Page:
EDI in Manufacturing 



Businesses today are facing increased competition from both domestic and foreign producers. This has in many cases resulted in reduced profit margins and the need to streamline operations and reduce operating costs, but at the same time still provide the information required for effective decision making. While many companies have moved their operations offshore to compete with foreign competitors who have lower labor and operating costs, these are only short-term tactical solutions. To compete, we must learn to use our assets more effectively not only to reduce costs, but to increase revenue, improve customer service and provide value-added services that differentiate us from our competitors and put us at a true competitive advantage.

The Just-in-Time (JIT) philosophies of the past ten years have changed our views dramatically about maintaining large work-in-process inventories, manufacturing products in large lot sizes and justifying long setup times. However, these efforts only match what other companies have already done. What must happen is that companies must take the keys to JIT (timeliness, speed, accuracy, integration) and begin to apply the technologies of today to develop a true competitive edge. This is known as Electronic Commerce (EC) and is really a business strategy that combines the philosophies of JIT, principles of total quality and concepts of business reengineering with the latest IES technologies (e.g., EDI) to create an offensive weapon to win the business war.

Recently, the Gartner Group published several research notes establishing a framework that allows companies to measure their EDI efforts in terms of the number of years of competitive advantage generated. This framework is shown in Figure 1 and illustrates that paper-based EDI actually costs companies money and results in a negative number of years of competitive advan­tage. Companies that have improved or changed their business processes and organizations to capitalize on the benefits of EDI are realizing up to five years of competitive advantage. However, the real competitive advantage occurs when companies get past the initial cost reduction efforts and focus on using the information obtained from these inter-enterprise linkages as a competitive weapon to increase revenue and provide value-added services.

To understand what we mean by "EDI: Gateway to Competitive Advantage," it's important to understand where some of today's EDI efforts fit into this framework and what future possibilities exist on the horizon for the 1990s.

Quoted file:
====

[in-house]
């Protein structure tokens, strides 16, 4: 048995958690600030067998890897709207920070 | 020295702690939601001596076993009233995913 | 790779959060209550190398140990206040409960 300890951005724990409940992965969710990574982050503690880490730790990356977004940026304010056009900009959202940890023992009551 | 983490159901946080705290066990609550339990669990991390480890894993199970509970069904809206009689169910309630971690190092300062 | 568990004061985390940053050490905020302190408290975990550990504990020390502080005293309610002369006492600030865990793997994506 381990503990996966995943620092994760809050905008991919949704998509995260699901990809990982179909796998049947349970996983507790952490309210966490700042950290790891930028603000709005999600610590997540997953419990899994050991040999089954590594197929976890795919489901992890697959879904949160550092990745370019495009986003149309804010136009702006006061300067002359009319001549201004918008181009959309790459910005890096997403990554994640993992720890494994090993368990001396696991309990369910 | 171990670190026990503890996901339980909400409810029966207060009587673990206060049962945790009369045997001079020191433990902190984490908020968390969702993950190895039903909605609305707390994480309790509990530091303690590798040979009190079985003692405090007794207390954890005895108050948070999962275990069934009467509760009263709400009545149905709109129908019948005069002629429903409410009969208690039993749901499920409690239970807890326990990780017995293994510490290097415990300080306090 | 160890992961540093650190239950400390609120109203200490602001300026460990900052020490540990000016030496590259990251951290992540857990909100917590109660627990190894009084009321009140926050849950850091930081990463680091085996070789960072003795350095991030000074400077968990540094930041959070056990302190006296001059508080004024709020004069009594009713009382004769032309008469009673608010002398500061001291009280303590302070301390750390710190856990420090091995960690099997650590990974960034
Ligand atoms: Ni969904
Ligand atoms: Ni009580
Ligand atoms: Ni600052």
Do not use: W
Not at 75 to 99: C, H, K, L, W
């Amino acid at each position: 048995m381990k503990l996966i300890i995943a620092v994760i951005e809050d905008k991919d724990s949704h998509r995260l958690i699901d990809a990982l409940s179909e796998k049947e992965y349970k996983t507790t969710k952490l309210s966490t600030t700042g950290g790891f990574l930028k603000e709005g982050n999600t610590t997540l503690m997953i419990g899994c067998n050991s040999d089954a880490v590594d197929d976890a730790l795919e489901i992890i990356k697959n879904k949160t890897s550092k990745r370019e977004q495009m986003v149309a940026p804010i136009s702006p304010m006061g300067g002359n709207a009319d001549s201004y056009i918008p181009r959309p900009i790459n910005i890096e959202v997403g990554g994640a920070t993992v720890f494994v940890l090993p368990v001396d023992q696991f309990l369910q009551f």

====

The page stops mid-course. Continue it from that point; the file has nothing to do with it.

• Quick Response (QR) — This concept involves the capture of sales data at the cash register and transmission of them using various methods to the manufacturer who uses the information to schedule production and replenish the retailer's inventory. This activity typically fits into the "process change" or "new ways to conduct business" categories of the model depending on the degree to which existing business processes are changed. The benefits of QR are usually significant because it allows retailers to respond quickly to consumer demand without maintaining large inventories and manufacturers have timely access to sales data to schedule production without requiring elaborate production forecasting systems.

• Continuous Replenishment Planning (CRP)—This concept extends QR to the point of a manufacturer actually monitoring the inventory levels and demand at a manufacturer, distributor, or retailer, and automatically scheduling the replenishment of inventory based on parameters such as actual consumption. This activity is similar to QR in that it fits within the new ways to conduct business category of the model. The benefits are significant because it eliminates inventory, reduces cycle time, and provide a value-added service to the customer.

• Evaluated Receipts Settlement (ERS)—This concept involves transmitting a ship notice to the customer upon shipment of the product. The ship notice information is automatically compared to the purchase order in the system to validate and price the shipment. Upon receipt of the shipment, quantities are verified against the ship notice and authorization for payment is issued. An electronic funds transfer (EFT) transaction may then be generated based on the payment terms. This activity fits into the "process change" or "new ways to conduct business" categories of the model. Based on a recent study by the EDI Forum, the cost savings for manufacturers by eliminating the three-way matching process was over $60 per receipt and up to $60 per shipment for suppliers.

Based on the above examples it is clear that some companies are moving toward utilizing EDI for competitive advantage, but most published accounts are still focused on the cost reduction side of the equation. However, it is clear that utilizing EDI as a compet­itive weapon is directly related to a company's ability to first apply EDI to reduce costs and streamline business processes. It is from these efforts that opportunities to utilize EDI for competitive advantage begin to surface as companies continue to innovate on the knowledge gained from previous efforts.

To be Continued


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